Negotiate with Bermuda customs? Not if money is involved….travel bureaucracy and all that fun stuff!4 01 2012
Almost every country has it. It?
In Vietnam, for example, I was told by a guide that if he wanted to leave the country on a holiday he had to have a substantial amount of money in the bank (and proof of it), a good job to return to and apply to his government for a pass.
In India, I was told of a boyfriend trying to go to Canada to visit his girlfriend. Though he applied for a visa, he was denied.
What is this? I am talking about travel bureaucracy. It’s everywhere and it’s not only about leaving a country, but also entering.
For example when I tried to travel between Laos and Cambodia only to be required to pay an “entry fee” to every man standing along the border in a uniform! Ok, so it was only US $1 per man, but still annoying.
And Bermuda? Well my home country is no different. Seemingly ridiculous procedures surround entering and leaving the country too.
I had always heard some stories, but on my recent trip to Toronto I actually got to be on the receiving end. I’m such a lucky girl!
I will give the Bermuda’s L.F. Wade International Airport customs guy one excuse: it was Christmas Day and I am sure he did not want to work, but lots of people have to work on Christmas. Still, I will give him that small leeway for his response:
“Hi, I need to register my camera,” I said.
“Do you have proof you bought it in Bermuda?” said the small man in a crisp blue uniform as he poked his head out of the barely-wedged-open door.
“Uh, well it was a birthday present, so no I don’t have a receipt.”
“Well, I’m not saying you are lying, but we will not give you a registration. Too many people sneak items into Bermuda.”
OK, I should explain the policy. Bermudian residents are required to purchase items in Bermuda or be prepared to pay duty of 35% on items acquired abroad.
To avoid the duty, we can register electronic devices (usually the only items we are taking that are the most expensive and hardest to prove you had before you left) before leaving the Island. This registration is delivered in the highly modern form of a yellow slip of paper!
Yes, there is no way you will ever lose that (sarcasm is free).
The yellow paper, however, is not a minor detail. Instead it is a Bermudian resident’s “get-out-of-35% duty” card!!!! Can you imagine?
Why, you ask do we have to pay such a high price? Well, the argument is that if government increase the price of purchasing items abroad, Island residents will be more likely to “Buy Bermuda” (I have my opinion about this economic policy, but that is a different blog entirely).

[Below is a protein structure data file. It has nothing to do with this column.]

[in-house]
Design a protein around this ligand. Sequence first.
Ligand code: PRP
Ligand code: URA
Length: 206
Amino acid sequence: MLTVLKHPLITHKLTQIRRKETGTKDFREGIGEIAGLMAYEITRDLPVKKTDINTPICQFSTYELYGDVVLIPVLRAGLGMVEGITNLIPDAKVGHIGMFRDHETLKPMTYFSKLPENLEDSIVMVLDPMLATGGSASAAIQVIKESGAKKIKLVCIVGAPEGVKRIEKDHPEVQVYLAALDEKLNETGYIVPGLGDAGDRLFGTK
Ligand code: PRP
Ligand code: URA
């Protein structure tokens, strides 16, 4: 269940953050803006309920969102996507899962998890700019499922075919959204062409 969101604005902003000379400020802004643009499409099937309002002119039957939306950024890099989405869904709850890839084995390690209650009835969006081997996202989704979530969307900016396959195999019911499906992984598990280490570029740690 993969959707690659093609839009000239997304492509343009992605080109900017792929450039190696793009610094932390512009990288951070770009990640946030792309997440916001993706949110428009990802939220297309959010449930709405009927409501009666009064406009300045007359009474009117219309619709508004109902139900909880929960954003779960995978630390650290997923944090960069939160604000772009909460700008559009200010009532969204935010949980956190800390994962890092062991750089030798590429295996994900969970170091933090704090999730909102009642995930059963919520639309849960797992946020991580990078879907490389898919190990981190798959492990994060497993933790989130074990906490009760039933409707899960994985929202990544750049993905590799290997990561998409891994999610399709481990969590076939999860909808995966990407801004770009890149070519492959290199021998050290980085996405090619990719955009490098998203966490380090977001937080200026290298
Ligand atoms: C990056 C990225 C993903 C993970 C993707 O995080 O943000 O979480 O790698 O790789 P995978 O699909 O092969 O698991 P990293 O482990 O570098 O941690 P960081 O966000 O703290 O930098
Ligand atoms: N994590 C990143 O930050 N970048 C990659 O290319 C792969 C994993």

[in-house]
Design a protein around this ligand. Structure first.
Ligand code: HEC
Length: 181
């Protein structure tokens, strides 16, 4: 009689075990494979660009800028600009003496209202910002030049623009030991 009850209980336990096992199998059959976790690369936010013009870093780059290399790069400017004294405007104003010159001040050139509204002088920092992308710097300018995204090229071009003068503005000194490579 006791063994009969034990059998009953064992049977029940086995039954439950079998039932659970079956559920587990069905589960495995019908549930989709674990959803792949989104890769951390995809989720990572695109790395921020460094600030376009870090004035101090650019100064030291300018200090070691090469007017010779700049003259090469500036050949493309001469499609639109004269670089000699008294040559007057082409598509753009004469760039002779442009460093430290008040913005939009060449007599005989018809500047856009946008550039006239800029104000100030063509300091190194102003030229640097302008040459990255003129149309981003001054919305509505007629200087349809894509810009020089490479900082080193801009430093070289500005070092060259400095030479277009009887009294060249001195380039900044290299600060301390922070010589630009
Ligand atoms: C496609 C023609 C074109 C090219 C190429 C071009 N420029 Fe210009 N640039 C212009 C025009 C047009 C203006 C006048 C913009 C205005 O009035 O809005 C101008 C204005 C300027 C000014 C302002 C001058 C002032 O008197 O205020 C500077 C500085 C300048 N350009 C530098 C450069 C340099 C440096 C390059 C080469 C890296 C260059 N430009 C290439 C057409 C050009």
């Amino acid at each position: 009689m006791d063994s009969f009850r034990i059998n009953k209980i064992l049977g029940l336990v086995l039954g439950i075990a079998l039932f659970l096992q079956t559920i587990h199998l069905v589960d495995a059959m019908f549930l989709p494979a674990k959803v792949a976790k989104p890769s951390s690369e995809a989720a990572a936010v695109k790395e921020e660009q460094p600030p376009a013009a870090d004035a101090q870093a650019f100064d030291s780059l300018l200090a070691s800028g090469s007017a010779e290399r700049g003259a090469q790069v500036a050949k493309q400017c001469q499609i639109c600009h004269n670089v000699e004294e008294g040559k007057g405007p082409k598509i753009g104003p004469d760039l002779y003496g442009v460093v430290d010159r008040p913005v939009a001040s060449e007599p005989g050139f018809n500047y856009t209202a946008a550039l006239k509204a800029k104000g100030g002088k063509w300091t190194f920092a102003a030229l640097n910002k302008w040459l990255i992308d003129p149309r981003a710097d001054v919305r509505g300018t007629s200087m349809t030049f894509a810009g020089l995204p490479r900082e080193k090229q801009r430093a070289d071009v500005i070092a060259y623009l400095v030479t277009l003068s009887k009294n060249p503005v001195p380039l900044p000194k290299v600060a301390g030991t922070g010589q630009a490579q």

I have two problems with this checking system:
1. when an item is purchased in Bermuda, no one issues a yellow piece of paper. One might think that is important especially for, I don’t know, a camera which is almost definitely going to leave the island and one that might also be a present that the receiver should never know the price of…..I’m just saying.
2. if I do buy abroad (gasp!) and pay duty on the item, there is no way to show that the payment I make (all 35% of it) directly relates to a camera, etc…. So when I turn-up to customs at a later date there is no way to prove that, if I have not bought my item in Bermuda, that I paid duty on it. (I would show you a picture, but these are such high commodities, an extra form is just not possible to get!)
Instead, the form groups together all goods in a particular category i.e. clothing and footwear, and we pay the duty on the total amount. There is nowhere to actually list the items you are declaring and therefore, no way to reference the duty you paid on them. i.e. the customs’ officer was asking me for something I literally could not produce.
Let’s be honest here too, if a traveler manages to outsmart the bureaucratic process that is installed to just put more money in government’s coffers and sneaks their goods into Bermuda…..can we really penalize them at a later date? I don’t think so.
Tourists, you are not exempt! You can also be subject to these problems, especially if you are visiting residents. Travellers are allowed a $30.00 excemption on goods they plan to bring into Bermuda.
Bermudians? Well the first $100 for each household is free and then duty kicks in and so do the yellow slips!
So what happened with my recent trip, you ask….well I had to leave the Island with my camera bought in Bermuda (there was no way to send it home before the flight) and prayed that when I returned to the Island I could outsmart the process.
Did I? Well, you’ll have to come back tomorrow to see what happened…….oh and for some fun travels to Quebec City!
Categories : Bermuda, Bermuda Abroad, Uncategorized